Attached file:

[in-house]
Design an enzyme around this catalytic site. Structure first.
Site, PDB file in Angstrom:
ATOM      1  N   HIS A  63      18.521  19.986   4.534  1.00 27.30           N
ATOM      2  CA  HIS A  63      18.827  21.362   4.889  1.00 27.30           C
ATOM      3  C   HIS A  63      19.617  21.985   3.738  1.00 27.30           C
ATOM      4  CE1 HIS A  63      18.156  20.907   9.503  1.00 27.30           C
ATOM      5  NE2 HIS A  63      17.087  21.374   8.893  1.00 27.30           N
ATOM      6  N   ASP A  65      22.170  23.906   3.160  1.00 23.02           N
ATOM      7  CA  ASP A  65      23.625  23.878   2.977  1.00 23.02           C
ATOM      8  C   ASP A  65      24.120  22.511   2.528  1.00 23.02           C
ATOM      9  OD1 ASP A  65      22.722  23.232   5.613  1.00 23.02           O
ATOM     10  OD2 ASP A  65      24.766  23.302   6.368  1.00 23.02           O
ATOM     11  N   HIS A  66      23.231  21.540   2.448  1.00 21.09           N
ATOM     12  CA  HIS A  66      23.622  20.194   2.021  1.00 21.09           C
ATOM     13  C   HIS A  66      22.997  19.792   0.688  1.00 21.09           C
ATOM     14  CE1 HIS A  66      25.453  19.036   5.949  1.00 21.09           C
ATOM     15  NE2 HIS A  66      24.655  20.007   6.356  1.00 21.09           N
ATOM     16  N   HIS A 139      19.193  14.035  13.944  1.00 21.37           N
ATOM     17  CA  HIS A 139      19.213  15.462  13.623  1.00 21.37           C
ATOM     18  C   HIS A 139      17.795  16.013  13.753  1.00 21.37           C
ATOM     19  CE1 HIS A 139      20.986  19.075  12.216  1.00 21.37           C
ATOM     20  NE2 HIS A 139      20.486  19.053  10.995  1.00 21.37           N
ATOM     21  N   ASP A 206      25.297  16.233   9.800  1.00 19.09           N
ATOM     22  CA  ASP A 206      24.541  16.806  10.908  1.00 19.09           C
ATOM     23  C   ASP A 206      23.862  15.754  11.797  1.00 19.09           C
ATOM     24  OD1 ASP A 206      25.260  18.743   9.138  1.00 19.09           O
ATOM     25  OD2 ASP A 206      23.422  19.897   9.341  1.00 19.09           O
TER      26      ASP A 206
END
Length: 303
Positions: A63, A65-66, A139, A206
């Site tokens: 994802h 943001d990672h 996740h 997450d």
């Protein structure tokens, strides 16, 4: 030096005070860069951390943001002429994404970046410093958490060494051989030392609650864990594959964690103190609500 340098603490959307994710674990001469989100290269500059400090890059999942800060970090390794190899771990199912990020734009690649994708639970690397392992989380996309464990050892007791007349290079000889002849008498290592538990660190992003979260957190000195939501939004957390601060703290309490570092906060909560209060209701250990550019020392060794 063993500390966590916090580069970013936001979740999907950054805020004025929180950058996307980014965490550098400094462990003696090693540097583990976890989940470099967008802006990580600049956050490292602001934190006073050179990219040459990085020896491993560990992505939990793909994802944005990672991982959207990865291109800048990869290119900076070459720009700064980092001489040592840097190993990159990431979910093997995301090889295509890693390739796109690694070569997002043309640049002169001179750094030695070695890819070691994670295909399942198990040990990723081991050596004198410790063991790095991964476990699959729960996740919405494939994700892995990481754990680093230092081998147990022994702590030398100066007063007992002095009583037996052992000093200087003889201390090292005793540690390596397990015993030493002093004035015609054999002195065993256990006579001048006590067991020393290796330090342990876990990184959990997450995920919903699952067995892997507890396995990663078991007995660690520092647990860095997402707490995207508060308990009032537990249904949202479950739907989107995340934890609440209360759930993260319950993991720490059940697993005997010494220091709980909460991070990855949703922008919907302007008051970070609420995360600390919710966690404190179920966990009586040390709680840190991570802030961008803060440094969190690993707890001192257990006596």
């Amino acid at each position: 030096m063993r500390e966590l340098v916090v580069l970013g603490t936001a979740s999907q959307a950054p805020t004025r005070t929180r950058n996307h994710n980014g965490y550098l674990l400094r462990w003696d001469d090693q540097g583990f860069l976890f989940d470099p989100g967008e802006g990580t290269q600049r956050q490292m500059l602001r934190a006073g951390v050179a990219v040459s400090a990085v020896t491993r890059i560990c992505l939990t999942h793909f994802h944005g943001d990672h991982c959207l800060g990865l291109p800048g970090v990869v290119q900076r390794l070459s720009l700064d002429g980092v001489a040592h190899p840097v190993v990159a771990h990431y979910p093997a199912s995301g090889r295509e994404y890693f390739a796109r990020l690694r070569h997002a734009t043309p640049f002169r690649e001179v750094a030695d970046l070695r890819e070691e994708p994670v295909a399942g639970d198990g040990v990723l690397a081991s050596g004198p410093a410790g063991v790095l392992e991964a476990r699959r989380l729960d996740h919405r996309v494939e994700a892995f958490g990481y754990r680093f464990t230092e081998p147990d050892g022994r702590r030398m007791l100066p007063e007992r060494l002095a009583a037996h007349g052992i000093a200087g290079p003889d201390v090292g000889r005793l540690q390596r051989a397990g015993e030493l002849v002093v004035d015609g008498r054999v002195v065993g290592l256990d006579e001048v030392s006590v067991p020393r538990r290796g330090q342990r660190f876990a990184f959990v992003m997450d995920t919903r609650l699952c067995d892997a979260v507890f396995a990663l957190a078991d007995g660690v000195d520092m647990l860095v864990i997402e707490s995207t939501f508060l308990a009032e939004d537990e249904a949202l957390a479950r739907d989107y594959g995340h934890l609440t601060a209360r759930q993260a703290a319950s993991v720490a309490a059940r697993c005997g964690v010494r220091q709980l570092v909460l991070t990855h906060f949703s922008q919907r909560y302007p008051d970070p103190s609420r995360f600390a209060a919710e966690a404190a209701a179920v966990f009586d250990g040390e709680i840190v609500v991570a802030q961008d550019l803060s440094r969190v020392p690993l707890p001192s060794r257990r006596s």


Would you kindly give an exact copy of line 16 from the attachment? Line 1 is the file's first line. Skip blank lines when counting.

ATOM     13  C   HIS A  66      22.997  19.792   0.688  1.00 21.09           C